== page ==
‘Irish Times’ poll: Repeal has large but reduced lead
Anti-abortion campaigners need acceleration of change to secure majority on May 25th
The Yes side retains a clear advantage in the abortion referendum campaign, but its lead has reduced sharply in the last month, the latest Irish Times/Ipsos MRBI opinion poll has found.
Asked how they will vote in the referendum to repeal the Eighth Amendment, 44 per cent of voters now say they will vote in favour of the proposal, a decline of three points since the last poll in late April.
The No vote is at 32 per cent, an increase of four points, while 17 per cent are undecided (a decline of three points). Seven per cent said they will not vote or refused to say.
Once the undecideds and those who will not vote are excluded, the Yes side leads by 58 per cent to 42 per cent, with just over a week to go before polling day.
While this shows a decline of 10 points in the Yes lead since late April, those in favour of repeal still command a 16-point lead as the campaign enters its final, decisive stage.
A tightening of the race was expected by all sides as polling day approaches, and pollsters say that process is likely to continue in the days ahead. But while the Yes side lead has been cut, the No side requires a dramatic acceleration of that process if it is to secure a majority on May 25th.
Podcast: Pat Leahy analyses the poll
Dublin remains the most pro-repeal part of the country, with the Yes side leading in the capital by 68 per cent to 32 per cent, once undecideds and unlikely voters are excluded.
The Yes lead is smaller but clear in the rest of Leinster and Munster, while the two sides are almost tied in Connacht-Ulster, with 51 per cent of declared likely voters saying they will vote Yes and 49 per cent backing the No side.
Younger voters are much more likely to support the Yes side, though the youngest cohort of voters (18-24 year-olds) shows a sharp drop in Yes supports in the last month. Voters aged over 50 are in favour of retaining the Eighth Amendment.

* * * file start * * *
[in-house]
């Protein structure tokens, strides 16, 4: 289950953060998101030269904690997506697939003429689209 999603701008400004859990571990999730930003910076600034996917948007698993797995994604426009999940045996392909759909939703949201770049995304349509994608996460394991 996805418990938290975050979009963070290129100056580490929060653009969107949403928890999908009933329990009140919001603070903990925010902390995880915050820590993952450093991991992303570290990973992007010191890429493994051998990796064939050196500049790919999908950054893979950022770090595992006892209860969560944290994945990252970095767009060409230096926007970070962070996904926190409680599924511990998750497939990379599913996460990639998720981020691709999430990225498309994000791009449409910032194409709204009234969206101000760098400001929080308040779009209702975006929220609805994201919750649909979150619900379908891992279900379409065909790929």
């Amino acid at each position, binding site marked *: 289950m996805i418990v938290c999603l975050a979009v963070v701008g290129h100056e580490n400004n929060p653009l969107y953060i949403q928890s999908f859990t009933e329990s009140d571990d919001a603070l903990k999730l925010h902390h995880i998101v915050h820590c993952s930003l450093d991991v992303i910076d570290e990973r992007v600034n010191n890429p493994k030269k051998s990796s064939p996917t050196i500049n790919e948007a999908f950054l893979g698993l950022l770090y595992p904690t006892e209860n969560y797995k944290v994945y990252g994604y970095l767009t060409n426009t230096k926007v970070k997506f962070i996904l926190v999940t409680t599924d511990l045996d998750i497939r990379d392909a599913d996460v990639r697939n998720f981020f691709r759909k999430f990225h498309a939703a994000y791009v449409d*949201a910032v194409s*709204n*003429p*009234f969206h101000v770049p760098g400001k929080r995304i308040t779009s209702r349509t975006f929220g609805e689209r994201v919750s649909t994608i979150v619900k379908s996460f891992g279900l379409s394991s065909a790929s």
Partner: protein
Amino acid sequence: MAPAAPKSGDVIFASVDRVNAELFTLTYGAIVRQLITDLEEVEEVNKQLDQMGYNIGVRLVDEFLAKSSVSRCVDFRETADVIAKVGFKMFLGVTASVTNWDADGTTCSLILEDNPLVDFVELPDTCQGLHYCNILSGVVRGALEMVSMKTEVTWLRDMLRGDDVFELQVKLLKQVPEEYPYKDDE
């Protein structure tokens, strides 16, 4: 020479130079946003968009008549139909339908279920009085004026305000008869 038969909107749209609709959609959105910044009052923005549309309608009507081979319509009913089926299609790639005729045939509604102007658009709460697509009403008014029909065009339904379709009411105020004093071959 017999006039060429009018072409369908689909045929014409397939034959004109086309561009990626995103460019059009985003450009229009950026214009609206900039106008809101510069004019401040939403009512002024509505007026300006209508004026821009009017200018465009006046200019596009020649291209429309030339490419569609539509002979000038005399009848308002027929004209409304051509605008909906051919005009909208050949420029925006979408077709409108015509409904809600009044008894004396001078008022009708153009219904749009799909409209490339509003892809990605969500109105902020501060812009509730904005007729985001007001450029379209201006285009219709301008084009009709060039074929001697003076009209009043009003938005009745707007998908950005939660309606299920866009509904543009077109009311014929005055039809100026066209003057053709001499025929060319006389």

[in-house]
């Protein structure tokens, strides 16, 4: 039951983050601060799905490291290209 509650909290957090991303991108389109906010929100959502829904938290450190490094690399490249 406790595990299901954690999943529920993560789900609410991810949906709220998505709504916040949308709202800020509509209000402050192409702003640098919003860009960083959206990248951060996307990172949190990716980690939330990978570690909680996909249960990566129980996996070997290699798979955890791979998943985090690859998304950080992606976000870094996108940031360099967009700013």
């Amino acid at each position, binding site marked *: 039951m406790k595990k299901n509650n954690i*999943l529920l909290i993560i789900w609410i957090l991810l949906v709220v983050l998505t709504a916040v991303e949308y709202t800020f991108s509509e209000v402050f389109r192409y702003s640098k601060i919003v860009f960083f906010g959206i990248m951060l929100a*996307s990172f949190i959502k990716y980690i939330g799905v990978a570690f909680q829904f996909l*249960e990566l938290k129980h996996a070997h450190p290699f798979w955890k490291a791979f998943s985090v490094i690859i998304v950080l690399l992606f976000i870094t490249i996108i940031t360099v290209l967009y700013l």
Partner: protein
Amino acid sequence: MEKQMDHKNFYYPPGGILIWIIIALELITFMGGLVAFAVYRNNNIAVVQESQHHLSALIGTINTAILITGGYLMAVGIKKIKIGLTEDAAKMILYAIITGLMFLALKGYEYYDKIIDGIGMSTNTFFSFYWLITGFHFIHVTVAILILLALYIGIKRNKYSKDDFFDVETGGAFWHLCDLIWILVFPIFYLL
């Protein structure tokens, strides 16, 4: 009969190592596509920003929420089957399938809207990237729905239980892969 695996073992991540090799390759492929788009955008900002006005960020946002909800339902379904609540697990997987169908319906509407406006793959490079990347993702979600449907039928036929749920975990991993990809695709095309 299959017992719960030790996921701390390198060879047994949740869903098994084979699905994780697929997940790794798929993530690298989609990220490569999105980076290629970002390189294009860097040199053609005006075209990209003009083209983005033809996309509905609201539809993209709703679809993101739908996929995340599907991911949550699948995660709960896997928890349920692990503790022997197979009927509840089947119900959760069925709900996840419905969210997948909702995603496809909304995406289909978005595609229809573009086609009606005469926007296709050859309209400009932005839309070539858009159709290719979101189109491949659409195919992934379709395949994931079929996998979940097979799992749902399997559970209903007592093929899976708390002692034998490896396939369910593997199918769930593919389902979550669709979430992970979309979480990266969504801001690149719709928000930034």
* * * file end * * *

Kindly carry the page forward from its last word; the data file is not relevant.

Women, urban voters, and those from wealthier backgrounds are more in favour of repeal, while farmers and those from the poorest households have small No majorities.
The poll shows that a significant minority of declared Yes voters believe that the Government’s proposal for legalising abortion “goes too far”, while 47 per cent of all voters say the law needs to be changed, but 12 weeks is too far.
However, many of those voters still intend to vote in favour of the referendum proposal. Over half of all voters (54 per cent) say that while they have reservations about the 12-weeks proposal, they believe it is a “reasonable compromise”. Just over a third of voters (35 per cent) disagree.
The poll also shows that voters are becoming more certain of their choice as polling day approaches. Two-thirds of Yes voters say they will absolutely not change their minds, while a further 23 per cent say they are “extremely unlikely” to change their minds. A further 9 per cent say they will probably not change their minds.
Certainty is also growing on the No side, with 85 per cent of voters absolutely or extremely unlikely to change their mind. A further 9 per cent will probably not change their minds.
Among those who have yet to decide, more undecided voters are leaning towards Yes (31 per cent) than No (24 per cent), though most say they are not leaning in either direction.
The poll was conducted on Monday and Tuesday of this week in face-to-face interviews among a nationally representative sample of 1,200 eligible voters. Interviewing took place at 120 sampling points across all constituencies. The accuracy level is estimated to be about plus or minus 2.8 per cent.